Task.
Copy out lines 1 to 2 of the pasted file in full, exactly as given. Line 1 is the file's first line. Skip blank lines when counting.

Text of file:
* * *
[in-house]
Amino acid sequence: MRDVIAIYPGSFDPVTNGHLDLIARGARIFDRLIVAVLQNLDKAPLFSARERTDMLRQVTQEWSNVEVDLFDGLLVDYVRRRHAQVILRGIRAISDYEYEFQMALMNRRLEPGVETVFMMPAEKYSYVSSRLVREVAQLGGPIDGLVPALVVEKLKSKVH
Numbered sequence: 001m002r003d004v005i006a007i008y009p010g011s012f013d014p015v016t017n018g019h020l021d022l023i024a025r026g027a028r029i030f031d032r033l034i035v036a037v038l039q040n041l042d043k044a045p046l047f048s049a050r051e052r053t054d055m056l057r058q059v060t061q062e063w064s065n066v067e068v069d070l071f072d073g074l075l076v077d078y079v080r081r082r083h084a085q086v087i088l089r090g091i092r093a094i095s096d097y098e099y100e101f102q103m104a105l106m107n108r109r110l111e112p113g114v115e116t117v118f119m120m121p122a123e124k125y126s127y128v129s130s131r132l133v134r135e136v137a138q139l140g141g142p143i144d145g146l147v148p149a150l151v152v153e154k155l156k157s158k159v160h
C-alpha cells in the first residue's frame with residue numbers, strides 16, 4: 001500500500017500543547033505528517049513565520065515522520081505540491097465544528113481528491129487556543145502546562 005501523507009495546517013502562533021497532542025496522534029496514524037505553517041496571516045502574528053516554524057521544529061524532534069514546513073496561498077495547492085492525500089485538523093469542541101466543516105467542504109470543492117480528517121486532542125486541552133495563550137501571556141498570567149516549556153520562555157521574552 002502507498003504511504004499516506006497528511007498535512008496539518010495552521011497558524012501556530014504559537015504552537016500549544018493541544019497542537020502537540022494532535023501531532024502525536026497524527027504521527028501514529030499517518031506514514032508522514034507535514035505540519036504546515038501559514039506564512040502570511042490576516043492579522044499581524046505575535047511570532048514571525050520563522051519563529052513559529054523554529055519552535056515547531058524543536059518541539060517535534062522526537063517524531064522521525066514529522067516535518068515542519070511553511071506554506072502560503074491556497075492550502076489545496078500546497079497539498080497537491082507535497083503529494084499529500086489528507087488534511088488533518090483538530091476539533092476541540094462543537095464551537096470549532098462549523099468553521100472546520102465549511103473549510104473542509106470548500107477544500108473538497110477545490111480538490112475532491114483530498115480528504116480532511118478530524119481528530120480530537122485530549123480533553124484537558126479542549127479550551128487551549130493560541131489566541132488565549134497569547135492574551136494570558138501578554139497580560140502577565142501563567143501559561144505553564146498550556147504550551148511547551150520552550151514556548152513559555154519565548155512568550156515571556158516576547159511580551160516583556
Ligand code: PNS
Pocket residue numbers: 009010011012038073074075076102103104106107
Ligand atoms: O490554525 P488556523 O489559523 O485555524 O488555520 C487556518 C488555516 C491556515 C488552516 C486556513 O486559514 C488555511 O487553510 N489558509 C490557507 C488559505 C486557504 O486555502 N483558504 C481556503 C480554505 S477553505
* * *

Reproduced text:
[in-house]
Amino acid sequence: MRDVIAIYPGSFDPVTNGHLDLIARGARIFDRLIVAVLQNLDKAPLFSARERTDMLRQVTQEWSNVEVDLFDGLLVDYVRRRHAQVILRGIRAISDYEYEFQMALMNRRLEPGVETVFMMPAEKYSYVSSRLVREVAQLGGPIDGLVPALVVEKLKSKVH